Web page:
In this episode of The Functional Medicine Radio Show, Dr. Carri’s special guest Dr. Vincent Pedre explains leaky gut and the gut-brain connection. Dr. Vincent Pedre is the Medical Director of Pedre Integrative Health and Founder of Dr. Pedre Wellness, and a Functional Medicine-Certified Practitioner in private practice in New York City since 2004. He is a Clinical Instructor in Medicine at the Mount Sinai School of Medicine, also certified in yoga and Medical Acupuncture. He believes the gut is the gateway towards excellent health. For this reason, he wrote the book, Happy Gut—The Cleansing Program To Help You Lose Weight, Gain Energy and Eliminate Pain—which helps people resolve their digestive and gut-related health issues. Main Questions Asked about Leaky Gut: Can you talk about what a leaky gut is, how can we test for it and why is it bad? Can you talk about how so many different diseases have their foundations in inflammation and immune system imbalance and that having underlying gut issues can impact the body in multiple different ways? When patients come in to see you, do you actually test for leaky gut or do you often times assume they probably have a leaky gut? Can you tell us about the mind-gut connection? What are your favorite exercises to stimulate the vagus nerve? Key Points made by Dr. Pedre for Leaky Gut: The gut is this amazing organ system that is divided into different zones and starting with of course the mouth. Everybody forgets that the mouth is part of their gut and it’s so important to chew and break down your food mechanically so that you can absorb the nutrients more easily. When we talk about leaky gut, we’re mostly talking about what’s happening in the small bowel, but also it can happen in the colon. It becomes quite significant in the colon because of the type of bacteria that exists there. Leaky gut has been a term that has been used in naturopathic medicine and alternative medicine for a long time. But, in Western medicine, really thought that this was not real and that it was made up and it didn’t exist until the science and research finally caught up. A lot of studies have been looking at the effects of endotoxin on our health and what they find is that as endotoxin levels rise, then the risk for metabolic syndrome, which is basically an intolerance to glucose or resistance to the hormone insulin that tells the body where to put the glucose into the cells so it can be used for energy. Sugar levels start to rise. Insulin levels start to rise. That leads to obesity, especially central obesity or visceral obesity, puts on more fat in the middle. It becomes this vicious cycle so basically there’s this whole interconnection between leaky gut, inflammation, insulin resistance and obesity. That goes back to genetic individuality, predispositions. Sometimes you get a lot of crossover and it could also have to do with the type of imbalance that has been created. For example, if you get yeast overgrowth as a result of having been on either several rounds of antibiotics or you can even create your own yeast overgrowth by eating a diet really high in sugar and refined carbohydrates over a period of time. You’re feeding that part of the microbiome and you can generate your own yeast imbalance. What I found over time is that not every patient that has some sort of systemic manifestation of a gut issue is coming in complaining of gut problems. I think the patient story and what their experience is is so important because sometimes it’s discordant with the test results. Then you have to decide, well, who do I trust more? The test or the patient? I feel like it’s a balance, and that’s where medicine is an art and it requires a bit of creativity and instinct. I also have really gotten into doing organic acids testing because I find that that helps fill in a piece of that puzzle that sometimes can be missed in the stool test. You really have to have a wholistic approach to a patient with gut issues and really listen to them and acknowledge their story because I think that part of it. How did they get to that point where they’re in front of you in your office telling you this story? Go back in time and look at how did all of this start? What was happening in their life at the time? Was there travel? Was there foreign travel? You have to think parasites and all sorts of things. We can start with the vagus nerve that runs from the brain all the way down and innervates starting from the bottom third of the esophagus, pretty much all the internal organs and the gut, all the way almost to the very end. The vagus controls a lot of the signaling in the gut. You really need a good vagal tone to have healthy gut digestion. What’s really fascinating about this is what they’ve seen in patients with traumatic brain injury. The patient with traumatic brain injury, within 30 minutes of the injury, their gut is becoming leaky and endotoxemia starts to go up. I think the most fascinating stuff is the metabolome and the fact that we get nerve transmitters that are produced by the gut microbiome. Like lactobacillus produces GABA so you need a healthy amount of lactobacillus bacteria in the gut to control anxiety, to feel even healed. Butyrate from butyrate-producing microorganisms in the large intestine controls our ability or influences our ability to form memory and to learn, your brain-derived neurotrophic factor. I thought that is really amazing that there is this symbiosis where a healthy gut microbiome influences neuroplasticity in our ability to learn and form memory. Once you get a leaky gut, it affects the permeability of the blood-brain barrier, so you get a leaky blood-brain barrier. Now the brain is not protected from toxins that could be in circulation from the leaky gut. One thing that vagus nerve dysfunction can also cause is constipation. Getting the vagus to work properly again is really important for so many things: protein, digestion, constipation, gut barrier integrity. All that stuff. One of those simple things that often times I think gets forgotten about that patients can take all the digestive enzymes and bitters and hydrochloric acid and probiotics. They can do all of that stuff and the fiber and the healthy diet. But we can’t forget about exercising the vagus nerve. As you said, it can be as simple as gargling. Gargling until you get a tear in your eye and do that minimum twice a day after you wake up, before you go to bed, more if better. We’ve been constantly in fight or flight in a way that I think we’re desensitized to the fact that our bodies are overcharged in so many ways, smartphones, constantly on the computer. We’re on this very on, on, on all the time. What I find is that people become desensitized to stress, and they don’t even acknowledge it and sometimes I actually have to tell a patient, “Do you realize how much you’re carrying and how full your plate is?” That’s stressful. Whether you sense it as a mental stress, I think it’s a biophysical stress on the body to carry all of that. I love getting people out into nature because when you’re out in a forest or a park surrounded by trees, that has been shown to lower cortisol levels and helps get you more into a parasympathetic state. Taking the shoes off and walking bare foot on the grass, feeling the earth, rounding to the tremendous magnetic energy field of the earth can really help us get more into a parasympathetic state. The reason I connected yoga is because in yoga, we studied the energy centers of the body, the chakras. Three of the main chakras in the body crisscross the gut, the root chakra, the second chakra and the third chakra, which is the power center, the solar plexus. The gut encompasses some major energy centers, and it’s all about grounding and being connected to this earth, to each other, being in community. Where I look at things is the importance of how we can cross the divide and see how we can integrate everything together but always going back to root cause. I think that to me is a really important message is to not discount the role of the gut even if you don’t have any gut issues.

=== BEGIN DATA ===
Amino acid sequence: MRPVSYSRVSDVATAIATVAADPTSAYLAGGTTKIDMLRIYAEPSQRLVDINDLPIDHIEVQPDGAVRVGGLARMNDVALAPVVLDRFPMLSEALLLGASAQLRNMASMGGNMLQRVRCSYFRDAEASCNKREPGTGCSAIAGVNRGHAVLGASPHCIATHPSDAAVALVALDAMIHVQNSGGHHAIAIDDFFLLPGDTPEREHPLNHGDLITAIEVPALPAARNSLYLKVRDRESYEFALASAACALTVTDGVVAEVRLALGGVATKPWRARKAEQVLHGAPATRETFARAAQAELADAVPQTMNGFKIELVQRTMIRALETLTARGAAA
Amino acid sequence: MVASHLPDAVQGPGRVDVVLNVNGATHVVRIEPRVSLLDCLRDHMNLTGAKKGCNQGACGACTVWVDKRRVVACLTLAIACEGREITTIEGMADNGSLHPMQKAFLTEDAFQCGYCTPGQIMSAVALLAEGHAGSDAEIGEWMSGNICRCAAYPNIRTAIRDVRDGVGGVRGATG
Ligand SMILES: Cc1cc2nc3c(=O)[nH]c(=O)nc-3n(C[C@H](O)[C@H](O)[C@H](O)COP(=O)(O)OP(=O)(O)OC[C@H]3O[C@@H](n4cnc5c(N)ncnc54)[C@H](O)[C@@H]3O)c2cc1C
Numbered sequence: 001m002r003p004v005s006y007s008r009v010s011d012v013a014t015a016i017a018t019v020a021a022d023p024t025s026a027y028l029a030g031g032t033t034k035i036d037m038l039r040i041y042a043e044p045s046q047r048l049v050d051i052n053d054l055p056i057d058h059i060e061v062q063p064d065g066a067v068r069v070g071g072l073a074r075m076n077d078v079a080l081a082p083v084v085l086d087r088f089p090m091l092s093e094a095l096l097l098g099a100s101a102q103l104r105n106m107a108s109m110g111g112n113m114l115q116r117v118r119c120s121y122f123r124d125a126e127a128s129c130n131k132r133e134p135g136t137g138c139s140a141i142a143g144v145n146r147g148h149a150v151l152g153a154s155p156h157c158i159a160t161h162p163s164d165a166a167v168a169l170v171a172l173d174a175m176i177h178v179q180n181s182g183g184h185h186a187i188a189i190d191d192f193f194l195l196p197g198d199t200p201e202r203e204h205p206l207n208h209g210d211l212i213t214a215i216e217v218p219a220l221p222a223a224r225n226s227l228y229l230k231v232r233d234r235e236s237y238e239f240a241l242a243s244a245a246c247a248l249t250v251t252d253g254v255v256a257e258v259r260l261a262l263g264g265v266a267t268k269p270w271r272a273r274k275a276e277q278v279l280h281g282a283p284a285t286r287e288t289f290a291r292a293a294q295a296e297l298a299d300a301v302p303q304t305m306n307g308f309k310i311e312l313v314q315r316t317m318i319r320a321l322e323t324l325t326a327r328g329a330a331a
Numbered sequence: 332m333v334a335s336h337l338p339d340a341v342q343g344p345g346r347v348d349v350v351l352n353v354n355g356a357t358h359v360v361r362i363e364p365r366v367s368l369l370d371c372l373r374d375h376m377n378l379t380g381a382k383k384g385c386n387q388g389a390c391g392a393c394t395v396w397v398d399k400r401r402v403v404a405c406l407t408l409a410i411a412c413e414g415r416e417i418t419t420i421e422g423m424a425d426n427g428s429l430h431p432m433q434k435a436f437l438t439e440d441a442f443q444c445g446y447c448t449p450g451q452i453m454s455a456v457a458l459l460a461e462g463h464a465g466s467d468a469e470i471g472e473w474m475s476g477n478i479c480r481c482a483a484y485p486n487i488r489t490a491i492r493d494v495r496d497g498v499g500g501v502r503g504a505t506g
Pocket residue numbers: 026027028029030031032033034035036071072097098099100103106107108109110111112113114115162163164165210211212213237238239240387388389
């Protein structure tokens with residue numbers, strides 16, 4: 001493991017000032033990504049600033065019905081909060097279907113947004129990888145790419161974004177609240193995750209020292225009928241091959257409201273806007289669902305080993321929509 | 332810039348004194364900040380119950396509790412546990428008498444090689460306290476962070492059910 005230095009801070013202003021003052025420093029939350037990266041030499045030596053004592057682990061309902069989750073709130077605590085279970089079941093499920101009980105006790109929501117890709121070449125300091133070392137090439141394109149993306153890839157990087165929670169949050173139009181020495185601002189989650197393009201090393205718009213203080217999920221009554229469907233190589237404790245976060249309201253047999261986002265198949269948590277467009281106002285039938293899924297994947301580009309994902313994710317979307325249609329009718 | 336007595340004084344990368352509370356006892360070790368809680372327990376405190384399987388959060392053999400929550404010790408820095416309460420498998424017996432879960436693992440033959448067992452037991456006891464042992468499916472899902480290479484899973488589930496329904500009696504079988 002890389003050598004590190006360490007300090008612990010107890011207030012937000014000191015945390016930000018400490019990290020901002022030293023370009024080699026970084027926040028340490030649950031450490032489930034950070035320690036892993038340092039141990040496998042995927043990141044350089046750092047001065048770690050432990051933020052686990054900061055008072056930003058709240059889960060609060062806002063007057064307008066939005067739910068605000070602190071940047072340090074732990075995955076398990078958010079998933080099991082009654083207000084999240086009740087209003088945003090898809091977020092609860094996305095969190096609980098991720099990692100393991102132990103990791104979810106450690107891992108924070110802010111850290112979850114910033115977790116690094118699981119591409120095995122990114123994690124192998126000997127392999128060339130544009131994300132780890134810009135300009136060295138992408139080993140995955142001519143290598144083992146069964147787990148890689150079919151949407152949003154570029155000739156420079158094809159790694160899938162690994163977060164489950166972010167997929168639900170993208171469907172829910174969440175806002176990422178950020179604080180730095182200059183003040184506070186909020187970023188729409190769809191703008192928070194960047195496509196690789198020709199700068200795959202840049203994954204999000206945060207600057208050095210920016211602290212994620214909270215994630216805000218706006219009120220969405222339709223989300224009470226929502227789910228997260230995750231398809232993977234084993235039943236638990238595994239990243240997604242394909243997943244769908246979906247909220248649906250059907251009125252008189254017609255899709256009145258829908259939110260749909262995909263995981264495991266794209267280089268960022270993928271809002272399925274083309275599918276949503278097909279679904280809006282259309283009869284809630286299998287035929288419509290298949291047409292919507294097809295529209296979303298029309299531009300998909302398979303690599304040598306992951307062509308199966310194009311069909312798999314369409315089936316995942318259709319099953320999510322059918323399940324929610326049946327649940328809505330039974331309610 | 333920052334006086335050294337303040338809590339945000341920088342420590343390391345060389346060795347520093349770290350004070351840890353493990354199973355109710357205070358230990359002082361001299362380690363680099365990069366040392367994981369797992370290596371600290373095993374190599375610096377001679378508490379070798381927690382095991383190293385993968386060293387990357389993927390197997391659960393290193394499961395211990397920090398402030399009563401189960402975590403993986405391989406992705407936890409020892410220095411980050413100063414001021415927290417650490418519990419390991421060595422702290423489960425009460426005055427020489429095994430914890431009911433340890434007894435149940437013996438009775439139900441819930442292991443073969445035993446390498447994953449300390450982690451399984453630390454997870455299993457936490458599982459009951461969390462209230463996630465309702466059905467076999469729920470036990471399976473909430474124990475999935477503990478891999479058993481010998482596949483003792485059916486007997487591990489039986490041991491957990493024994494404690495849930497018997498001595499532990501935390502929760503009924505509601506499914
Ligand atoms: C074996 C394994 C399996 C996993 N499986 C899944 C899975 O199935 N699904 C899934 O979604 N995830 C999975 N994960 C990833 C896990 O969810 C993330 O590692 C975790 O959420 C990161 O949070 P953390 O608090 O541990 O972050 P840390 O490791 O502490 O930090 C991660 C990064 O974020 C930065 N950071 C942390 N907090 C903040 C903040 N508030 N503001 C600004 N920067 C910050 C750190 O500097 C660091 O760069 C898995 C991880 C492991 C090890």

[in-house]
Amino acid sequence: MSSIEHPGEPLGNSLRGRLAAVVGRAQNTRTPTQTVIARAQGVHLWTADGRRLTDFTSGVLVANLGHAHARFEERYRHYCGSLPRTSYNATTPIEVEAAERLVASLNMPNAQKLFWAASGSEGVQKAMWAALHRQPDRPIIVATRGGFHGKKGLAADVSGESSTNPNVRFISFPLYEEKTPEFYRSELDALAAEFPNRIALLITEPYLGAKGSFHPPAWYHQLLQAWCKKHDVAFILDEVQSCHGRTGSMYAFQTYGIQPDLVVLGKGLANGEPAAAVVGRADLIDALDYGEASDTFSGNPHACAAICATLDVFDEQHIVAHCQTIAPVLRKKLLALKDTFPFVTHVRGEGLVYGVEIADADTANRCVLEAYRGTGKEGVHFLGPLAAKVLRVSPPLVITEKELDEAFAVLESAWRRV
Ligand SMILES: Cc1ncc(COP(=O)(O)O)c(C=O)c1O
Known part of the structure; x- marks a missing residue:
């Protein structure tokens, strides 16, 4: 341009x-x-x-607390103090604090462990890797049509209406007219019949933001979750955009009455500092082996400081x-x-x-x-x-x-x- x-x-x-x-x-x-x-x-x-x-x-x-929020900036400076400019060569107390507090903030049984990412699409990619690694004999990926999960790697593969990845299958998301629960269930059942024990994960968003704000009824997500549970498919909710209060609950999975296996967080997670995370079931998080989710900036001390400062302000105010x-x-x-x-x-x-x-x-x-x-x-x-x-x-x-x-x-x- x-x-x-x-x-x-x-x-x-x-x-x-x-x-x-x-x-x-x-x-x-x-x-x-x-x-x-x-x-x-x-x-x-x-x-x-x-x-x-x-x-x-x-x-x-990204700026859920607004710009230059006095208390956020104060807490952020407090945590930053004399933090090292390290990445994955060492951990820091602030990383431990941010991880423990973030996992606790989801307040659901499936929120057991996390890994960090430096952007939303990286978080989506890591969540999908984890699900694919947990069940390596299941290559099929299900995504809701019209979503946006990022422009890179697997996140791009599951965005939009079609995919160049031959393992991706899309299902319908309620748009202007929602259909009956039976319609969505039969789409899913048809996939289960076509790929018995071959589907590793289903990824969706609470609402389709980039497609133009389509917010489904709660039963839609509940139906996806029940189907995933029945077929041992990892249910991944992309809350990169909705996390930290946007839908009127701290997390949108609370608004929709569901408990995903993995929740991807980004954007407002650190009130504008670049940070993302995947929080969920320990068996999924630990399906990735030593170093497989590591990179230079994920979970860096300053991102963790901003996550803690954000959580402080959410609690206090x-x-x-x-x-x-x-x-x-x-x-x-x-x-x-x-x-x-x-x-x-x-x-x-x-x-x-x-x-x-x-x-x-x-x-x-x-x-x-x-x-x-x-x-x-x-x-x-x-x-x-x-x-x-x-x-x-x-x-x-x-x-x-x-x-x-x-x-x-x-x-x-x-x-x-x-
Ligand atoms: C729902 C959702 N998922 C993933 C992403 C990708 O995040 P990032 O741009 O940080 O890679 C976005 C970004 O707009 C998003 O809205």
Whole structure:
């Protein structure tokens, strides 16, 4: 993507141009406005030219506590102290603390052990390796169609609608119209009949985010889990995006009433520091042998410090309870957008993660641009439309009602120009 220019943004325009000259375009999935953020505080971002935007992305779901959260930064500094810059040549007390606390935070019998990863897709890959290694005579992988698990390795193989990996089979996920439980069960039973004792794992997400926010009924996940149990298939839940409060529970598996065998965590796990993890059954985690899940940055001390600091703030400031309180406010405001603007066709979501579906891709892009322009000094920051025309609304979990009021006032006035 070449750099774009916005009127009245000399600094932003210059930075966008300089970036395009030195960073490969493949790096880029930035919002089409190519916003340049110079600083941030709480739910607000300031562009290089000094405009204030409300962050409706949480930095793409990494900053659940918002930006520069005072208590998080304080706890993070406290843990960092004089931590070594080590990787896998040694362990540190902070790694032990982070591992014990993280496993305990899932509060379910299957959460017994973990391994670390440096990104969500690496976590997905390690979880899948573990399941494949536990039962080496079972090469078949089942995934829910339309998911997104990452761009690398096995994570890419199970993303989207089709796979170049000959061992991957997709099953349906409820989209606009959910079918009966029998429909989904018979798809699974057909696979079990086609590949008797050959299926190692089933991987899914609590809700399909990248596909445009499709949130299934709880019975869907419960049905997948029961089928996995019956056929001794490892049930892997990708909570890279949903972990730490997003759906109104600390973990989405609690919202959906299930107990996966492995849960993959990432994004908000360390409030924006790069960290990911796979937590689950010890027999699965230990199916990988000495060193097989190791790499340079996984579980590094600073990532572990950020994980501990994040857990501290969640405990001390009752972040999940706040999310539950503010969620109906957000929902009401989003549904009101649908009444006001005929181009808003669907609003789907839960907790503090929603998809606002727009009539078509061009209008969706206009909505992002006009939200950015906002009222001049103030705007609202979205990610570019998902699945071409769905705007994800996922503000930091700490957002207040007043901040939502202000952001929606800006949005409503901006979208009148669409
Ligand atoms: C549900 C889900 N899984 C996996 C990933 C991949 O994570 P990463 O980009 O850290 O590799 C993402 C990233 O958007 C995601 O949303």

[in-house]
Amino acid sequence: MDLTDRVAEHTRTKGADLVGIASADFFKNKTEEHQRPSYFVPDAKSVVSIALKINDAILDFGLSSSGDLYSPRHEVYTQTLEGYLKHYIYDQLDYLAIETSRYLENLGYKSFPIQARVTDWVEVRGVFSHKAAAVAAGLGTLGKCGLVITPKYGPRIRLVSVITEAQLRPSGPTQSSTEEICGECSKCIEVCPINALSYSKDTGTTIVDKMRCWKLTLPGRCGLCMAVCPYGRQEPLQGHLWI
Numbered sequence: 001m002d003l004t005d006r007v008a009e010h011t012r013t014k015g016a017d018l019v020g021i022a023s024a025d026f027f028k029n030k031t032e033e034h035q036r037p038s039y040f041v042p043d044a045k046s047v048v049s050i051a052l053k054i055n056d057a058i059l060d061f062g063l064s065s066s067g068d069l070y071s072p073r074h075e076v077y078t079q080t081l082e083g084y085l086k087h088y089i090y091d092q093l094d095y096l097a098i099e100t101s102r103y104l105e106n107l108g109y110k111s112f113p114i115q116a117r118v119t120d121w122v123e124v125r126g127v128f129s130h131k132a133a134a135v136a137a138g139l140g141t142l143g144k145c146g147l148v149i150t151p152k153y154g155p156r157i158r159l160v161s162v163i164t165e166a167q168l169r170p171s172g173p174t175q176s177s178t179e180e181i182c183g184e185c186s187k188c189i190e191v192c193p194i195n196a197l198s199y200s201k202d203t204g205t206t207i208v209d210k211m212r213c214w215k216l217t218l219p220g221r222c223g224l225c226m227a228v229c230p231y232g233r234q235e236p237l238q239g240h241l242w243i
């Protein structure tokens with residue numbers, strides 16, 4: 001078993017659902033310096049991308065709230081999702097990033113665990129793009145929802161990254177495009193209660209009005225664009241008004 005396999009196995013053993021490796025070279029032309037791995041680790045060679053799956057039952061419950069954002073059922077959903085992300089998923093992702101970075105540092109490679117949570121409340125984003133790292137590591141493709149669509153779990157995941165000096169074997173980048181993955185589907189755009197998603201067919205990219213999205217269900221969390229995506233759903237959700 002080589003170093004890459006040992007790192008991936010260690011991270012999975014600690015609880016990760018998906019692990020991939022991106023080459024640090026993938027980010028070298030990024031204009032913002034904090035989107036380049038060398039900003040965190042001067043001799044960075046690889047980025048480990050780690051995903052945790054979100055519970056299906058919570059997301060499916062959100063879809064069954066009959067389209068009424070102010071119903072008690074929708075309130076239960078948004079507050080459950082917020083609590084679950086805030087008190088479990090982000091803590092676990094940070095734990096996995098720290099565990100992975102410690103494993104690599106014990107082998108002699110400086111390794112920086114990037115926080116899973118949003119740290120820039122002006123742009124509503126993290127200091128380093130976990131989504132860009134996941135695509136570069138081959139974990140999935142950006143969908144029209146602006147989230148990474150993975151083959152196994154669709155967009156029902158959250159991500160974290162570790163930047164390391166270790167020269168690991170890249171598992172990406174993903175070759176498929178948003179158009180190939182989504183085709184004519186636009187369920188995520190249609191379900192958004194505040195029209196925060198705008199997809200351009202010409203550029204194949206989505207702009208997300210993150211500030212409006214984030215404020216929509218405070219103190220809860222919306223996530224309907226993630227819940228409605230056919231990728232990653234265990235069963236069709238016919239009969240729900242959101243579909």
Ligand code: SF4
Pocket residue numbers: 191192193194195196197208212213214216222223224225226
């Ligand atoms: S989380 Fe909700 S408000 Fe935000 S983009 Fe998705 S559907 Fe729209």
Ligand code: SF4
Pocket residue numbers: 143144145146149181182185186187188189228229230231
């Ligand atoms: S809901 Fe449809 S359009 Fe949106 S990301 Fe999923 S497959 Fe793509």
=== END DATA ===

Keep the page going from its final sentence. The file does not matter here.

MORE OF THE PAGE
Food As Medicine: Leaky Gut Syndrome, Liver Detox and Weight Loss Plateaus with Jeff Robins

Jeff has been a pharmacist for over 25 years and likes to think of himself as the pharmacist who doesn’t like drugs. A student of mine from Midwestern University told me about Jeff and I knew I had to get him on my show. Jeff owns Essential Wellness Pharmacy and is an owner of Optimum Health Solutions (a company bringing wellness to the corporate workplace). Jeff was recently awarded by his peers the prestigious National ELAN Award for the most “Innovative Pharmacy Practice” and recently won the “Mankind Projects Seven Generations Award” which is an award for living one’s mission in life to affect seven generations. Jeff is a regional and national speaker. He is passionate about educating people, and giving them the chance to make more informed decisions about their health and healthcare. In today’s episode, Jeff and I talk about: How he got started as the pharmacist who does not like drugs What tests you can get to see if you are nutritionally deficient or toxic Top 5 foods most people are sensitive to The two diets he recommends for weight loss and optimum health What leaky gut syndrome is and why it is implicated in many conditions including arthritis, asthma and fibromyalgia What to do if you hit a weight loss plateau What gentle supplement you can take to help you have regular bowel movements, decrease pain, AND help you sleep better And more! Resources Mentioned in the Show: Jeff’s website, Essential Wellness Pharmacy Spectracell test for evaluating vitamin and nutrient levels Metametrix test for evaluating omega-3 fatty acid production and absorption Alletess Food Allergy and Sensitivity Test Inflammacore by Ortho Molecular for reducing gut inflammation